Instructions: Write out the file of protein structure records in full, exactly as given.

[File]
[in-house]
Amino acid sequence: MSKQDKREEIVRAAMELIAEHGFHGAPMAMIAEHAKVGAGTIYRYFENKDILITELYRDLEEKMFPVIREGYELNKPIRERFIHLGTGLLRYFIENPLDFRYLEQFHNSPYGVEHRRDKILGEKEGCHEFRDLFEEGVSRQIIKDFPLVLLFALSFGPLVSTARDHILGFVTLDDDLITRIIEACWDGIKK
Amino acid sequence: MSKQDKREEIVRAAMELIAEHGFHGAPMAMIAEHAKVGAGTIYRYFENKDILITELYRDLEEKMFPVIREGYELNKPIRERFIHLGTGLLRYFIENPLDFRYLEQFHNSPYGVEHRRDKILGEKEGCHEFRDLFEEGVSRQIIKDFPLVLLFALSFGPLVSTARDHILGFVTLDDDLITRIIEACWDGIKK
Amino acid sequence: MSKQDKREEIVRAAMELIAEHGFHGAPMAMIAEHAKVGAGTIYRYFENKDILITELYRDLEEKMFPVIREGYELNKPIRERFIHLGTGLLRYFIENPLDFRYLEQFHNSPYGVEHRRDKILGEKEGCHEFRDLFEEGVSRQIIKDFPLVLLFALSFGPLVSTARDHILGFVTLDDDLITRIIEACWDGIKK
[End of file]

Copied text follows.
[in-house]
Amino acid sequence: MSKQDKREEIVRAAMELIAEHGFHGAPMAMIAEHAKVGAGTIYRYFENKDILITELYRDLEEKMFPVIREGYELNKPIRERFIHLGTGLLRYFIENPLDFRYLEQFHNSPYGVEHRRDKILGEKEGCHEFRDLFEEGVSRQIIKDFPLVLLFALSFGPLVSTARDHILGFVTLDDDLITRIIEACWDGIKK
Amino acid sequence: MSKQDKREEIVRAAMELIAEHGFHGAPMAMIAEHAKVGAGTIYRYFENKDILITELYRDLEEKMFPVIREGYELNKPIRERFIHLGTGLLRYFIENPLDFRYLEQFHNSPYGVEHRRDKILGEKEGCHEFRDLFEEGVSRQIIKDFPLVLLFALSFGPLVSTARDHILGFVTLDDDLITRIIEACWDGIKK
Amino acid sequence: MSKQDKREEIVRAAMELIAEHGFHGAPMAMIAEHAKVGAGTIYRYFENKDILITELYRDLEEKMFPVIREGYELNKPIRERFIHLGTGLLRYFIENPLDFRYLEQFHNSPYGVEHRRDKILGEKEGCHEFRDLFEEGVSRQIIKDFPLVLLFALSFGPLVSTARDHILGFVTLDDDLITRIIEACWDGIKK